#BlogElul 9: Observe
“You see, but you do not observe.” Such a famous quote from Sir Arthur Conan Doyle’s Sherlock Holmes stories. What does that mean for someone who is trying to grow themselves?
In the original story, Holmes is chastising Watson for being unable to remember how many steps there are in a flight of stairs he has seen hundreds of times. That is a fairly trivial instance of lack of observation – in most cases, it really doesn’t matter how many steps are in a staircase. This is particularly true if you are not trying to be a master sleuth like Holmes.
In dealing with customers and colleagues, or indeed family members, however, a lack of observation can be a real handicap. A large percentage of our communication (some would say over 50%) is body language, and if you do not take the time and trouble to observe other people’s body language, you will be missing a lot of their communication.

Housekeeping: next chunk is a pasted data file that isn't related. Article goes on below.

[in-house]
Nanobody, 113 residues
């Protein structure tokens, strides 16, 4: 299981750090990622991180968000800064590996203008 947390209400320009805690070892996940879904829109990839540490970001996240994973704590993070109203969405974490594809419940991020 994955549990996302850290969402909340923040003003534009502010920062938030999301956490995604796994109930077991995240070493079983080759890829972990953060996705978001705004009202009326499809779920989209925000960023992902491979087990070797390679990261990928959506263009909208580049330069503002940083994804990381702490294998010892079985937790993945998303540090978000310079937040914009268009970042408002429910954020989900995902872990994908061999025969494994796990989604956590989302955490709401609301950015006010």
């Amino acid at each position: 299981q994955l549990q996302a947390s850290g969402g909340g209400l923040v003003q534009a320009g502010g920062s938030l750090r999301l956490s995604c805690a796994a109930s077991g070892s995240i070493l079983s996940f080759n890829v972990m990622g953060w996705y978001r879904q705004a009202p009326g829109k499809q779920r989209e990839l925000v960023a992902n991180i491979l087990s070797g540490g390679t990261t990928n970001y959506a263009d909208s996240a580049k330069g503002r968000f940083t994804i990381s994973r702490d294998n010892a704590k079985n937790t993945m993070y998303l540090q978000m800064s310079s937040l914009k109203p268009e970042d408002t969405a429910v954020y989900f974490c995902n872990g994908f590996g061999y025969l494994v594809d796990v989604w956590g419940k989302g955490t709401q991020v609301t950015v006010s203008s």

Everyone is familiar with the bore who drones on and on about a subject that is of interest only to him or her, completely oblivious to the eloquent body language of those who are trying to escape. But there are many less extreme examples of misreading (or completely missing) of non-verbal cues from a customer or teammate, which can also lead to undesirable consequences.
So what can we do to increase our ability to observe and understand the non-verbal communication of others? Like listening, this is a skill that can be developed. Its most important component is mindfulness – a fancy word for paying attention. Take off the headphones and the sunglasses and actually look at the world.
Otherwise, like Watson, you may find yourself counting the steps over and over, but never understanding the significance of the staircase.